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Who is judging who?
This article is written by Carolyn Barker, Co - Ordinator of the Panic Anxiety Disorder Association Inc in South Australia. It was the feature article in PADA's July 2000 Newsletter. We thank Carolyn and PADA for giving us permission to include it on our website.
Social Phobia or Social Anxiety is not well understood by the general public. It is defined as a fear (anxiety) of being judged, criticised and evaluated by other people. This fear is recognised by the individual as irrational, but the fear of judgment in social situation persists.
People who experience Social Phobia find it difficult to perform particular tasks or behaviours in the presence of others such as writing, eating, being introduced, speaking to a group, or doing anything where they feel attention is drawn to them and they may be judged negatively by others. This fear elevates anxiety levels and produces a variety of symptoms which may include shaking, sweating, trembling voice, nausea, rapid heart beat, hyperventilation, dizziness, blushing, tightness in the throat, 'mental blanks' and/or confusion. Anxiety becomes more intense when the person fears they're going to be singled out, ridiculed, criticised, embarrassed or belittled.
Life is difficult for the person with a Social Phobia because they feel they don't fit in with everyone else. They feel something is wrong with them. Therefore, it is easier to stay away and avoid social contact whenever possible.
More than anything else, a person with Social Phobia does not want others to know he/she is afraid. The bind that people with Social Phobia find themselves in, is this -
The more afraid they become, the more likely they are to experience symptoms, therefore, the more likely their worst fear will be realised - that others will notice how afraid they are and make a negative judgment.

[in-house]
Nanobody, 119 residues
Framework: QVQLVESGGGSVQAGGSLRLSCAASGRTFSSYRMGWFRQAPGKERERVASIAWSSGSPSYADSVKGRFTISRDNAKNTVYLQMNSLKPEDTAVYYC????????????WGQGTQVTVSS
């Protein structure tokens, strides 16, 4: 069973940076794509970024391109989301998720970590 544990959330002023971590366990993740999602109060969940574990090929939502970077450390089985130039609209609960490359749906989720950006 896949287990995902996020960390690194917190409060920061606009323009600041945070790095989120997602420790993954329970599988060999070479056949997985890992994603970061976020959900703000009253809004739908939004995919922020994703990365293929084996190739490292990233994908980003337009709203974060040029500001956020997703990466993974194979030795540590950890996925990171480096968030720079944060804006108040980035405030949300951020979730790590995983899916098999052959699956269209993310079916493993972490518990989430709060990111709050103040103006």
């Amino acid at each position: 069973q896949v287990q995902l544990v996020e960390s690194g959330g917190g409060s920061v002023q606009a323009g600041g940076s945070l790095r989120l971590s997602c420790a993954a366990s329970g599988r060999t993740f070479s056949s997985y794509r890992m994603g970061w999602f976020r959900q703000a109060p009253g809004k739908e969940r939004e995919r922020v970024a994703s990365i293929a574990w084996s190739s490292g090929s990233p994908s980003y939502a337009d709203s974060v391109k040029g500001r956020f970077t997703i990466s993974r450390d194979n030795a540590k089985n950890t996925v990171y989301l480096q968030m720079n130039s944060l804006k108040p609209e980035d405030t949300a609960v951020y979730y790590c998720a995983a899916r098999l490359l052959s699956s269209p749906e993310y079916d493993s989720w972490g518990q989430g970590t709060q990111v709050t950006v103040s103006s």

A man finds it difficult just walking down the street through fear that he may see someone he knows. All sorts of anxiety- provoking thoughts swamp his mind, 'What if I can't remember their name? What is I can't think of anything intelligent to say? What if I start to stammer and make a fool of myself? What if they think there must be something wrong with me?' With anxiety peaking, he becomes super vigilant, perceiving anyone and everyone as a threat. He crosses the street rather than risk a stranger ask directions. His behaviour is erratic, he's tense and uneasy, and it shows on his face. His fear (anxiety) has created all the signs by which a person may judge him as 'having something wrong with him', the very thing he so desperately wants to prevent.
People perceived as 'authority figures' can create particular fear in the mind of someone with Social Phobia. Sometimes this can be traced back to memories where a significant adult (parent, teacher, doctor, lecturer, boss) brought about feelings of fear, shame or guilt in the young person. This does not mean we need to dwell on the past. Rather, in understanding how these feelings originated, a person can begin to examine the appropriateness of perpetuating such feelings, when dealing with 'authority figures' in the present.